Esports still has its problems, though. Online trash talking and hate speech is common and is difficult to monitor effectively - female esports players especially are hit with lots of toxic abuse. According to critics of esports, it is important that this behavior - which has become normalized within esports circles - is dealt with so that children who play these games are brought up in an online world where they are taught to be respectful to one another. Egor Surkov – a professional esports athlete thinks that teaching respectful online behaviour is vital in order for esports to challenge mainstream, traditional sports, he says:

“I want to see how esports and online games in general educate the younger generation to be kind and tolerant towards each other. Coaching and teaching good behaviour should be rewarded.”

“My favourite about thing about esports is the opportunity for every human being to have his place in this world only by passion and hard work. I also like how esports unite people around the world just like music does.

Looking into the future

Will the sports stars of tomorrow be esports athletes? Only time will tell. The past decade has shown us the power that technology has on modern social life – YouTuber’s and Vloggers have become millionaires and stars in their own right thanks to the power of the internet. YouTubers have become the film stars of today. And now the internet is the go to place to watch esports.

Clearly, Usmanov’s investment into Team Virtus Pro is not just the crazed spending of a billionaire – many hours of planning and thinking will have gone into this investment – Usmanov will be expecting a profit in the long run.

Due to the spread of social media and the popularity of esports worldwide, the best esports athletes are being thrusted into the public spotlight. Esports athletes have become household names in America and lots of Asian countries. And with the introduction of FIFA as an esports franchise – esports tournaments are being bet on in the same way as real football matches are - the same thing is starting to happen in Europe. The biggest Russian football clubs have started investing in esports, the likes of Spartak Moscow and Anzhi Makhachkala have already signed esports athletes to represent them in esports tournaments in order to boost their own fan bases.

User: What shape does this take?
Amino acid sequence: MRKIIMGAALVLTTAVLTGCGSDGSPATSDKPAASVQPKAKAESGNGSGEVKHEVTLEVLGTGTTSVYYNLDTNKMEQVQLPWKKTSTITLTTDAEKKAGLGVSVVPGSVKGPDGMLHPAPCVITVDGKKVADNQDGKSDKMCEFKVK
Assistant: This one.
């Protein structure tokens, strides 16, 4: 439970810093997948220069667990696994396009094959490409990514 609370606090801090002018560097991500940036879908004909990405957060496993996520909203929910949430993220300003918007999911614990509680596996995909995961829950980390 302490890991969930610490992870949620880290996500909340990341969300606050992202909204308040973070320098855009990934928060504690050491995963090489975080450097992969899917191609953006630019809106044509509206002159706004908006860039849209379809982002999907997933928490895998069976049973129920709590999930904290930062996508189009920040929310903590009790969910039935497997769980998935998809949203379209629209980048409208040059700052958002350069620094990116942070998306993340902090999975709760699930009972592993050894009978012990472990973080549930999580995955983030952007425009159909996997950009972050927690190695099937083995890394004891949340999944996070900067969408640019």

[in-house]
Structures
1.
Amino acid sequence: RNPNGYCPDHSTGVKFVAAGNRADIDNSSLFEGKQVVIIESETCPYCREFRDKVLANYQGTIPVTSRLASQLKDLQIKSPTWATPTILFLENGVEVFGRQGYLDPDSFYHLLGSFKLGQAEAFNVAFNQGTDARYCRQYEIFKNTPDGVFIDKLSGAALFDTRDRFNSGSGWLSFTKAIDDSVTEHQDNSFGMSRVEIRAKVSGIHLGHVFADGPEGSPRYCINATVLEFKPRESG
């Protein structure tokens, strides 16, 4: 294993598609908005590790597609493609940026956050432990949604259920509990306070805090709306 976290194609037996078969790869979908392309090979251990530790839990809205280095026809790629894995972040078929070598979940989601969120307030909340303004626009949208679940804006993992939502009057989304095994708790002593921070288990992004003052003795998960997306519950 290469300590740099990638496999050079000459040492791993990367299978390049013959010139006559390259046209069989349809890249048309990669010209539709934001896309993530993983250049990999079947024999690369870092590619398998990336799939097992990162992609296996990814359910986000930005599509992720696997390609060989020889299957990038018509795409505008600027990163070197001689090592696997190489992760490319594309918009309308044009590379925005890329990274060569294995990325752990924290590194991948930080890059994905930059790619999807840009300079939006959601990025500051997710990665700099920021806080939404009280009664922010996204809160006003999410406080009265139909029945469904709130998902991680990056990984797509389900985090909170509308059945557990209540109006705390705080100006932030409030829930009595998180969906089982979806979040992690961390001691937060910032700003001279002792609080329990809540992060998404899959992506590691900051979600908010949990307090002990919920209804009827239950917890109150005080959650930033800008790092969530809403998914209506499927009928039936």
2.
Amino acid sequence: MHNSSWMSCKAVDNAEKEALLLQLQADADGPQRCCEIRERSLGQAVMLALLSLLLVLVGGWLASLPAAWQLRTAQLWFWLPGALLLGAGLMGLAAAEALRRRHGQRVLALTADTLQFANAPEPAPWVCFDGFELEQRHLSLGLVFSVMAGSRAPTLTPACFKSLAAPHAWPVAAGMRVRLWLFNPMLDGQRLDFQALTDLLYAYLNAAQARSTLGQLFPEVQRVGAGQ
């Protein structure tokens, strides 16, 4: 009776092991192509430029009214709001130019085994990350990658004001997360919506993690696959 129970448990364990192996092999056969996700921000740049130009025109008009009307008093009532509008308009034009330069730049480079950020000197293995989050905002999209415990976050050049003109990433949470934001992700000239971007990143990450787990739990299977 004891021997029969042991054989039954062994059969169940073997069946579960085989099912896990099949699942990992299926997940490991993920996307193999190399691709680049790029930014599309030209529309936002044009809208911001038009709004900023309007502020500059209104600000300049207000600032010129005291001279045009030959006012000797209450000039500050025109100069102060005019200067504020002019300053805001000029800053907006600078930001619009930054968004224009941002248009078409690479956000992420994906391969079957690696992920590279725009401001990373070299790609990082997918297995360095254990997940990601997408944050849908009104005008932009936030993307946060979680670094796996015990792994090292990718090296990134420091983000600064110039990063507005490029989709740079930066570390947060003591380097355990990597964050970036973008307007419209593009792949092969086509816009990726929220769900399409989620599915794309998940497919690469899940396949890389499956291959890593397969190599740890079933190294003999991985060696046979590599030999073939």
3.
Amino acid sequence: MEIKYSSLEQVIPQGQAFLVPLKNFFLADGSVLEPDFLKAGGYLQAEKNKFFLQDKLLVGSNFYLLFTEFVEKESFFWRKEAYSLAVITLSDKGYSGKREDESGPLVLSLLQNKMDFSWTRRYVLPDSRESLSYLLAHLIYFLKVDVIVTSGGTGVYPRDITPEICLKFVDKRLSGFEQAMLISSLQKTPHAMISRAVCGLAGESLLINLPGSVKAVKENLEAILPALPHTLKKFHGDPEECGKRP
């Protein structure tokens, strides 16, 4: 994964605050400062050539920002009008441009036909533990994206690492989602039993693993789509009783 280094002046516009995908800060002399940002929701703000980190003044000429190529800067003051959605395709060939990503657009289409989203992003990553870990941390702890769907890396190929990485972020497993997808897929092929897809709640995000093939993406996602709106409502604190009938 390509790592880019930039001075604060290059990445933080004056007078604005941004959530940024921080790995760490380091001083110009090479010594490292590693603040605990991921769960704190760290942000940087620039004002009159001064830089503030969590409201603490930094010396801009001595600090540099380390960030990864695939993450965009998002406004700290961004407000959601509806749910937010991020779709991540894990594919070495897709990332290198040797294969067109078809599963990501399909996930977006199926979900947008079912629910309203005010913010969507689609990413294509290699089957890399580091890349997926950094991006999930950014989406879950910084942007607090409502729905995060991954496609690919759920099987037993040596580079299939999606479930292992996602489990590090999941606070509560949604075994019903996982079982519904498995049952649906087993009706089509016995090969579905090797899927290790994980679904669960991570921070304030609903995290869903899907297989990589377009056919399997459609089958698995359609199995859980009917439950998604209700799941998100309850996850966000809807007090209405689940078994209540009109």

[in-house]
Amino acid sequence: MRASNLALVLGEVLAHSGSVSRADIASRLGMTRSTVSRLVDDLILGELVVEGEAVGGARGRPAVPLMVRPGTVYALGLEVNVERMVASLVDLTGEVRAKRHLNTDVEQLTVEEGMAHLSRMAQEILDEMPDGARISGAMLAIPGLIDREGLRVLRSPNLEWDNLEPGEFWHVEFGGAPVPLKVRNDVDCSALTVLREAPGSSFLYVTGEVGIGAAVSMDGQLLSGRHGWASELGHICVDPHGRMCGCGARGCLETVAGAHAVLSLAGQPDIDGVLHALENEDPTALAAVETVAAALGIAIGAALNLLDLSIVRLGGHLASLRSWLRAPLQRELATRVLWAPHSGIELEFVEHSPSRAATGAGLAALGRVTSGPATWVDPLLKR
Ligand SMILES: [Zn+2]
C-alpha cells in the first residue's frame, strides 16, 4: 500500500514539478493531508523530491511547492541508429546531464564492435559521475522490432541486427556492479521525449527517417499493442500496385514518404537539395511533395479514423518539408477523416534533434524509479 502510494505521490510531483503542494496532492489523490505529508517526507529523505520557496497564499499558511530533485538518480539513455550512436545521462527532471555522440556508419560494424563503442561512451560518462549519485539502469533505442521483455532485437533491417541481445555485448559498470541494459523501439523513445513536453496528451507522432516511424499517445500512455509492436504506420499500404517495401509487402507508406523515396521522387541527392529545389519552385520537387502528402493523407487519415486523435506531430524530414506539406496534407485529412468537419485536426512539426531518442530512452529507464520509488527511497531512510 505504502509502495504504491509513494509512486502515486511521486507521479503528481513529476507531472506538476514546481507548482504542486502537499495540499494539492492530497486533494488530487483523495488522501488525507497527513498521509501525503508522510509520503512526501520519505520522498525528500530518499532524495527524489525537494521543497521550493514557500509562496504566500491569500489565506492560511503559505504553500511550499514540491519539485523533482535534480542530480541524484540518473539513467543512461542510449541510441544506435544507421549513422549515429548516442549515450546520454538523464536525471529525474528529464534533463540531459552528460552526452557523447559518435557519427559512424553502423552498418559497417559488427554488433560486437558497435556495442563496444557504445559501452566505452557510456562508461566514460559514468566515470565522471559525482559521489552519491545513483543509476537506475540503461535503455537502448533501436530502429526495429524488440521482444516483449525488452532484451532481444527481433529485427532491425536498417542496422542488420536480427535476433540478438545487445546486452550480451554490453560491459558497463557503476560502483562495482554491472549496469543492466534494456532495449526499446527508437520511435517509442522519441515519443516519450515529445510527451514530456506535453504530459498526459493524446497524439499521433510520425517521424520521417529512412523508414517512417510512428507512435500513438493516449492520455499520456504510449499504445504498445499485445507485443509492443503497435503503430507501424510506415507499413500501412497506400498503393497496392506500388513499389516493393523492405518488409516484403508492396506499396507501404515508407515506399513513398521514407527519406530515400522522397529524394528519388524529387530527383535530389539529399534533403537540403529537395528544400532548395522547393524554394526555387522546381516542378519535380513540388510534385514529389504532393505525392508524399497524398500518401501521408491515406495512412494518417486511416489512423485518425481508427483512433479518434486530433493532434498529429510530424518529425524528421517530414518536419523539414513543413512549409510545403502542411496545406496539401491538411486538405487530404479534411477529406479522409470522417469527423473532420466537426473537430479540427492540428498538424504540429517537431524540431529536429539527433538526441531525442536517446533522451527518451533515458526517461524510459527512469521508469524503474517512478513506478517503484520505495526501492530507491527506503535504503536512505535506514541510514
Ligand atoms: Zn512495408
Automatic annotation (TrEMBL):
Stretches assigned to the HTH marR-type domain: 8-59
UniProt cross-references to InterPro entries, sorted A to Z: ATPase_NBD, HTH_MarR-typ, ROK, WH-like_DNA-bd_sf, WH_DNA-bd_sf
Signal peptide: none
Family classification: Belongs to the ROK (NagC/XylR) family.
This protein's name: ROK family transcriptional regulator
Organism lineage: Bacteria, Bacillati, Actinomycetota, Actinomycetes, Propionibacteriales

European and American television sports channels have begun to broadcast live esports tournaments events to their viewers, esports has never been as popular as they are now and this popularity seemingly knows no end.

In terms of cleaning up the online hate speech aspect of esports, the outlook appears to be a positive one. The esports athletes who are in the media spotlight will set a standard of what is expected from a professional gamer, thus, young esports gamers and fans will pick up on these new standards and slowly but surely this hate speech will be eradicated – this is the hope anyway.

For 20-year-old Ukrainian esports fan, Alexander Fedorenchuk, esports is the future of sport in Russia, the CIS and beyond, he says:

“Young people have embraced esports. The numbers increase every day. We can’t exactly see into the future of esports but we can see how the prize pools rise, this should motivate people to participate, maybe we'll see things like special cyber schools in the near future.”

With one of the biggest esports events of the year set to be held in Moscow this October, Russia’s capital is increasingly at the forefront of global esports tournaments. ‘Epicenter: Moscow in Counter Strike: Global Offensive’ is set to build upon the success that ‘Epicenter: Dota 2’ found in May of last year, where more than 24 million people from all over the world followed and watched the tournament live. Although it is still unclear what role esports can play in our everyday lives, one thing has become clear, no matter who you are and where you live, ‘esports’ is a word that you are going to have to get used to hearing.

Text is provided by Iain Fenton

 




Author: Anna Dorozhkina

Tags: esports esports in Russia video gaming game market